Opinion editor's note: The following article was submitted on behalf of several people who live near Cleveland Avenue in St. Paul or Falcon Heights. Their names are listed at the end of the article.


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For all the grumbling about politicians, the truth is that they're likely to contend with more hard choices in one day than most of us will wrestle with in a year. Case in point: The question of how to redesign St. Paul's Cleveland Avenue on the edge of the University of Minnesota's St. Paul campus.

Should the Ramsey County Board of Commissioners remake the relatively quiet two-way street to include two bike lanes, a family bike trail, parking bays and a wider roadway? Among the positives: Federal government money will pay about 80% of this ambitious project. Construction workers will be put to work. There will be a kind of bike lane for anyone on two wheels.

So what's the rub? Those construction workers will fell more than 150 trees to make room for all this asphalt. Many of the trees are over 100 years old. One towering oak sprouted from an acorn 200 years ago, back when James Monroe was president, Florida had just been bought from Spain and Johnny Appleseed was planting orchards out east.

When first presented to the community, the trade-off for the new roadway included clearing 56 trees. More calculations within the county's engineering department led to a near-tripling of the original number, though no one was told about the increase until the construction was about to start in late April.

That a small forest of trees should be whacked within the city ignores the moment in which we live. Not so long ago it was Dutch elm disease deforesting St. Paul. These days it's emerald ash borers that are denuding the streets. To drive down a clear-cut St. Paul street, even when you know it is necessary because the trees are diseased, can be an appalling experience. To travel a naked street and know that healthy trees were downed to make way for more pavement calls into question whether the county planners have stopped to think about the environment they are apparently willing to create.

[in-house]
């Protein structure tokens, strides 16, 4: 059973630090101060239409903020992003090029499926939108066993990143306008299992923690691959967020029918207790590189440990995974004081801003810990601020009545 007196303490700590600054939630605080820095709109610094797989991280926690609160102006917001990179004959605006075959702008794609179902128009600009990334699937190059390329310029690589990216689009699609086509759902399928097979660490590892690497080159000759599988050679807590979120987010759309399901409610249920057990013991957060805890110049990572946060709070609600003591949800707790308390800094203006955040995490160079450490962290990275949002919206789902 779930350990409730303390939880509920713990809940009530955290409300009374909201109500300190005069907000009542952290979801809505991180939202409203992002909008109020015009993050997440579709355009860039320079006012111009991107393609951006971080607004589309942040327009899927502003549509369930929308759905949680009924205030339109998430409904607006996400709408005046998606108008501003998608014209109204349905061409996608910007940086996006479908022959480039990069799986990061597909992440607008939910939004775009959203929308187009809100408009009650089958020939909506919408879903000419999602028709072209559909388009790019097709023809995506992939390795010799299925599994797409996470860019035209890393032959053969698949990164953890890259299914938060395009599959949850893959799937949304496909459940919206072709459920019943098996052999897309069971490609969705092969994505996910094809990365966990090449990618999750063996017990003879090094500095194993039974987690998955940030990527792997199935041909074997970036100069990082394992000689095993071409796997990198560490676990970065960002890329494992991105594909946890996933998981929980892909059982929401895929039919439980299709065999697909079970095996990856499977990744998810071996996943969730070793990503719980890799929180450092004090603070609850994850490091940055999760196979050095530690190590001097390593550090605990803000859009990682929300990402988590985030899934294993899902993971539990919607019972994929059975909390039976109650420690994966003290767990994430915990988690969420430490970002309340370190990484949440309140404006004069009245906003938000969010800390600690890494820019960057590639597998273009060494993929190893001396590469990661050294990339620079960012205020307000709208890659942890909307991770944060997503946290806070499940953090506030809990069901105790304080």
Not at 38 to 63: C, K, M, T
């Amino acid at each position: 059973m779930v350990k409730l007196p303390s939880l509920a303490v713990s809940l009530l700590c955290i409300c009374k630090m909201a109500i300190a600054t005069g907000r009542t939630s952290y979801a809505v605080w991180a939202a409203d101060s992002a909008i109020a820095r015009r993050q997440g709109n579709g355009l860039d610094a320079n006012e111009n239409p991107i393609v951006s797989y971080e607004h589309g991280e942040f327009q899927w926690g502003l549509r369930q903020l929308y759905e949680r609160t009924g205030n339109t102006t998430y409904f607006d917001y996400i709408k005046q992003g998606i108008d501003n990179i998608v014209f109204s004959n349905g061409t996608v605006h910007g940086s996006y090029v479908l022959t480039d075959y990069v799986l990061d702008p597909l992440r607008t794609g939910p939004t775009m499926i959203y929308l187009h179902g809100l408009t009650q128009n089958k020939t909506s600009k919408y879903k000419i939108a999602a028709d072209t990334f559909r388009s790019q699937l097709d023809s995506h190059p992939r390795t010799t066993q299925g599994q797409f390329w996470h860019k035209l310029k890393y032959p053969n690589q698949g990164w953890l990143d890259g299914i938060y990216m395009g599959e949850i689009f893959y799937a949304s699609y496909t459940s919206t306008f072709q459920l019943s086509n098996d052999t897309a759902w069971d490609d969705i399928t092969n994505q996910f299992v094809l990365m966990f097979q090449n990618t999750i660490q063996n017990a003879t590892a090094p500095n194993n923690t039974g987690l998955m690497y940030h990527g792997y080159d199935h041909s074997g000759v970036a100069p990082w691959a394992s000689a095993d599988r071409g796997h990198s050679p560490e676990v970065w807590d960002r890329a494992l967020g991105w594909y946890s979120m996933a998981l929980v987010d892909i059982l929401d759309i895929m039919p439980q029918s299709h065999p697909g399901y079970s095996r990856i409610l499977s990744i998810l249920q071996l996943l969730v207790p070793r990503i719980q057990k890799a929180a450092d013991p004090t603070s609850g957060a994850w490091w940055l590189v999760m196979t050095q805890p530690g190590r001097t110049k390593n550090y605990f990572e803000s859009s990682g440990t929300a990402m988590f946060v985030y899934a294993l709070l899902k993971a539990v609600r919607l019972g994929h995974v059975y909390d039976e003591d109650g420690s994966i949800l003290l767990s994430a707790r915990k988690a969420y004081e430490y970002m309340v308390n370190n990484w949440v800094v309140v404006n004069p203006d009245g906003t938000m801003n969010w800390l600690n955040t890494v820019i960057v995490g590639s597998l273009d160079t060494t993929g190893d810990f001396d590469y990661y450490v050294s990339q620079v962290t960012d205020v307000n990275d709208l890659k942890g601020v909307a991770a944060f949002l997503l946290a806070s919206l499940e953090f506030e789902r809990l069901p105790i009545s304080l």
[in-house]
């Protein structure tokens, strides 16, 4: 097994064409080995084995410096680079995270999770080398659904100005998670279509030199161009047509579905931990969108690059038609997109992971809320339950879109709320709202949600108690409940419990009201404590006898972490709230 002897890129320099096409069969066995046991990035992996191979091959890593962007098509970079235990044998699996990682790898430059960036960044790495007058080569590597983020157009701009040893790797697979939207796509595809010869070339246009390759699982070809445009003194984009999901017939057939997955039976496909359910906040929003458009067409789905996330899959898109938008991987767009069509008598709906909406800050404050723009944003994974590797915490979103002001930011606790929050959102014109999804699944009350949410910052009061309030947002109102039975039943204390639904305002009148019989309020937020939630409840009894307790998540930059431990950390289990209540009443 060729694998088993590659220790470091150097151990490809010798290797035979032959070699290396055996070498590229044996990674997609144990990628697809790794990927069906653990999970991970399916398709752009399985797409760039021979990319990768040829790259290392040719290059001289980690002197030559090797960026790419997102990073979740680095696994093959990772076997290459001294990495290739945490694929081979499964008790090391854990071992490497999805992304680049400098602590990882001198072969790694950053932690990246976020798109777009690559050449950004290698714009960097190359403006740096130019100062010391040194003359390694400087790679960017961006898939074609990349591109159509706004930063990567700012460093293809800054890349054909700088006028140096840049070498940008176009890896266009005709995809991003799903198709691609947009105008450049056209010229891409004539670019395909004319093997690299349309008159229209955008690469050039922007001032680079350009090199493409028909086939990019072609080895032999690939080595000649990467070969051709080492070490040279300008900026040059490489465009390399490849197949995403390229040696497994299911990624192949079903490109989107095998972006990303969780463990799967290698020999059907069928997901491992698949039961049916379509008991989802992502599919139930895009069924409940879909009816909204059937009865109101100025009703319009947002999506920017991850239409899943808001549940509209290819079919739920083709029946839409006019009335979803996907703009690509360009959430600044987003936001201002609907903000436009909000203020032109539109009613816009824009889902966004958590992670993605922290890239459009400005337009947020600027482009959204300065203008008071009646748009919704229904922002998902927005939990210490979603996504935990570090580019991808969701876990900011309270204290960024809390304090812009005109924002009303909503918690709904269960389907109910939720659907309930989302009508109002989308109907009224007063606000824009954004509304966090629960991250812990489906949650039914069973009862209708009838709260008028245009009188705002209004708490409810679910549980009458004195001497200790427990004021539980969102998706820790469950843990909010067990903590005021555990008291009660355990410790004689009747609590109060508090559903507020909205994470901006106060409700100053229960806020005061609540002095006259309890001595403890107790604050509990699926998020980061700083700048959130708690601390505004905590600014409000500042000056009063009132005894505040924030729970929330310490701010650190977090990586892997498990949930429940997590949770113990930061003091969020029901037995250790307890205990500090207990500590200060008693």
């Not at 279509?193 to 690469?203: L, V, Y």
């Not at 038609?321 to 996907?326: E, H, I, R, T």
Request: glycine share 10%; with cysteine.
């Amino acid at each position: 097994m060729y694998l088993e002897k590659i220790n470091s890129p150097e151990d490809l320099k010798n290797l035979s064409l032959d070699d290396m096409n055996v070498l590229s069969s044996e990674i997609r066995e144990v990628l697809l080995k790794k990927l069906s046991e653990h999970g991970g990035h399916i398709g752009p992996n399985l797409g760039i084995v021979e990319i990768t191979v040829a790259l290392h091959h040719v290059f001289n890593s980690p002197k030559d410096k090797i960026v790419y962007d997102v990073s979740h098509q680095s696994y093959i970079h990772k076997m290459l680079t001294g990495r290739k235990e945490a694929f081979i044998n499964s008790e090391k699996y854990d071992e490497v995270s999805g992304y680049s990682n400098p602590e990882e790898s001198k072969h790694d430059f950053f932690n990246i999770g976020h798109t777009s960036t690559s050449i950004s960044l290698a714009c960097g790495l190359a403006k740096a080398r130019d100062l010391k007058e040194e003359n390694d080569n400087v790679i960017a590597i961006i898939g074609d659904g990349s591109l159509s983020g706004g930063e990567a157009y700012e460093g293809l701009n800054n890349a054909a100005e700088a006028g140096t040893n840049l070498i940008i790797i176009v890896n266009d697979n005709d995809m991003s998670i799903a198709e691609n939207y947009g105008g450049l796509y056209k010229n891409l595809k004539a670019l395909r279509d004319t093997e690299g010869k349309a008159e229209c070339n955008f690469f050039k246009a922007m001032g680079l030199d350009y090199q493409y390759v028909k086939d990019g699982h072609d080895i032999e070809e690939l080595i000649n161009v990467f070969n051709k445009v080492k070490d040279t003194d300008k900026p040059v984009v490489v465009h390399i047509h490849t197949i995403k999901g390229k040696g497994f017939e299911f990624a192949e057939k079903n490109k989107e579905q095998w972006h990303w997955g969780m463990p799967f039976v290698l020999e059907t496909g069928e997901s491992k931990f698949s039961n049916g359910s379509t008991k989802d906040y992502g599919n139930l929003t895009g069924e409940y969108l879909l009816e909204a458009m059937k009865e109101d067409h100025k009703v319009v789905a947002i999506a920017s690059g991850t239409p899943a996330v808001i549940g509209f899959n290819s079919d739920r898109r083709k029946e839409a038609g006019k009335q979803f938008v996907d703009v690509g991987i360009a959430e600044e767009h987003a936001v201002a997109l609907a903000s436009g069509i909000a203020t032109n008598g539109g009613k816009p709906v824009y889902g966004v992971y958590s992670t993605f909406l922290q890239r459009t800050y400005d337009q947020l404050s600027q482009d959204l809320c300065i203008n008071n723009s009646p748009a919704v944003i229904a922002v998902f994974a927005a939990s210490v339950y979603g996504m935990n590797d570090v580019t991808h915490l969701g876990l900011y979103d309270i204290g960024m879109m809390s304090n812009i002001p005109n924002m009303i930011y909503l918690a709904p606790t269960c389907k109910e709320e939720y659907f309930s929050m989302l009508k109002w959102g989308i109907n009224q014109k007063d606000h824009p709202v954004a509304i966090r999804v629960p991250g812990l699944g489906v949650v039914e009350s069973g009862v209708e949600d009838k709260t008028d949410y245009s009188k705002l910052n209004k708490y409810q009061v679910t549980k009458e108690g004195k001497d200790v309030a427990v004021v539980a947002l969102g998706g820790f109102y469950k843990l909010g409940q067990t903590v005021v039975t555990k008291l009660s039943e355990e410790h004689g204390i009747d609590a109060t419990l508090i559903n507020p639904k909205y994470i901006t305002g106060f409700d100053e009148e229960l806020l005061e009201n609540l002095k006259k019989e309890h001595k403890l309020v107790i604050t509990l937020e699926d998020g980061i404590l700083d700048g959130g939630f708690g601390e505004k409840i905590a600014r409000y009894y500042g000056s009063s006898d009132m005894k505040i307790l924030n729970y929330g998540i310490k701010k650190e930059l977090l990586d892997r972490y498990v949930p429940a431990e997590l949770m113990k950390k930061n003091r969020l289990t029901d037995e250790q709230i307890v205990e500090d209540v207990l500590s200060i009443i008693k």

Trees shade the streets and cool the city. They add a profound note of beauty. Rest assured that no one will ever write the poem that declares, "I think that I will never see a stretch of tar as lovely as a tree."

When explaining the wild increase in the number of trees that will get clobbered, officials acknowledged that they had done a poor job of informing the community about the metastasized growth of the project. Neighbors were given no opportunity to add their own ideas until it was too late to substantially alter the terms of contracts that had already been awarded for this year. To do so, neighbors were informed, would lead to expensive settlement fees.

Officials promised, "Hey, we were wrong, but it won't happen again" — a dubious claim if you believe that people generally do the things they think they can get away with.

As residents of the St. Anthony Park neighborhood, we propose that county officials make the hard choice.

Do more than admit you were wrong to cut neighbors out of the decisionmaking process as the details became clear. Acknowledge that leveling the Cleveland Avenue glade is an idea out of touch with the realities of the climate-challenged future. Face the fact that the trees will be gone forever, but no one really knows what the facts of urban transportation will be in five years, let alone 20.

It's time to stop this project — not forever, just for now. It's time to rethink it, with the help of the people who will have to live most intimately with the consequences. It's a hard choice. But it's one that public officials signed up for when they took the job.

Those signing this article include Nina Archabal, Susan Barnes Elliott, Chuck Dayton, Sara Evans, Tom Fisher, state Rep. Alice Hausman, Margot Monson, Ann Stout, James Stout and Ann Wynia.